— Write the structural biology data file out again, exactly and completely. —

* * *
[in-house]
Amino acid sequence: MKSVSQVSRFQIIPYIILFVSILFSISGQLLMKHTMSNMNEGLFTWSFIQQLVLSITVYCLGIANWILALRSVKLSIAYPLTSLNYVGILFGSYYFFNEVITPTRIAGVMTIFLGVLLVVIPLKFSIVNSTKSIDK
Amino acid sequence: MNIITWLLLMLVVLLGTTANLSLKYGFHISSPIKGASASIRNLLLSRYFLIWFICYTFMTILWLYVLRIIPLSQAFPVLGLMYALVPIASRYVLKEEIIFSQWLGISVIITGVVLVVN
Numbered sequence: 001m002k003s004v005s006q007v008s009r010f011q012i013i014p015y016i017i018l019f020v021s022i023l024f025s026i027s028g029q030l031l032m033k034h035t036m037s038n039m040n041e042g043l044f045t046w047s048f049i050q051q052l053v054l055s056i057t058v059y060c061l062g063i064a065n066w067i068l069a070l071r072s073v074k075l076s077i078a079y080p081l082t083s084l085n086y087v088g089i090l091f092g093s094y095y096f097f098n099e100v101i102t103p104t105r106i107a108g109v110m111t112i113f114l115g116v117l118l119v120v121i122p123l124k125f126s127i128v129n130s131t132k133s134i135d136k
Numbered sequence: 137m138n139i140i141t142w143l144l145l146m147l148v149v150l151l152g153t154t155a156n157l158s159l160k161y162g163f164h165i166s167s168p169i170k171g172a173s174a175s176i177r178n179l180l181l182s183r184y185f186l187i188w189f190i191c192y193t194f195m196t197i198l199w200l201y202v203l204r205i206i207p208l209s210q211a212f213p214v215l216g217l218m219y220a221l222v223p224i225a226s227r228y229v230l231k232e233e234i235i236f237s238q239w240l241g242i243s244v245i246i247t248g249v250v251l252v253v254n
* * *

[in-house]
Amino acid sequence: MKSVSQVSRFQIIPYIILFVSILFSISGQLLMKHTMSNMNEGLFTWSFIQQLVLSITVYCLGIANWILALRSVKLSIAYPLTSLNYVGILFGSYYFFNEVITPTRIAGVMTIFLGVLLVVIPLKFSIVNSTKSIDK
Amino acid sequence: MNIITWLLLMLVVLLGTTANLSLKYGFHISSPIKGASASIRNLLLSRYFLIWFICYTFMTILWLYVLRIIPLSQAFPVLGLMYALVPIASRYVLKEEIIFSQWLGISVIITGVVLVVN
Numbered sequence: 001m002k003s004v005s006q007v008s009r010f011q012i013i014p015y016i017i018l019f020v021s022i023l024f025s026i027s028g029q030l031l032m033k034h035t036m037s038n039m040n041e042g043l044f045t046w047s048f049i050q051q052l053v054l055s056i057t058v059y060c061l062g063i064a065n066w067i068l069a070l071r072s073v074k075l076s077i078a079y080p081l082t083s084l085n086y087v088g089i090l091f092g093s094y095y096f097f098n099e100v101i102t103p104t105r106i107a108g109v110m111t112i113f114l115g116v117l118l119v120v121i122p123l124k125f126s127i128v129n130s131t132k133s134i135d136k
Numbered sequence: 137m138n139i140i141t142w143l144l145l146m147l148v149v150l151l152g153t154t155a156n157l158s159l160k161y162g163f164h165i166s167s168p169i170k171g172a173s174a175s176i177r178n179l180l181l182s183r184y185f186l187i188w189f190i191c192y193t194f195m196t197i198l199w200l201y202v203l204r205i206i207p208l209s210q211a212f213p214v215l216g217l218m219y220a221l222v223p224i225a226s227r228y229v230l231k232e233e234i235i236f237s238q239w240l241g242i243s244v245i246i247t248g249v250v251l252v253v254n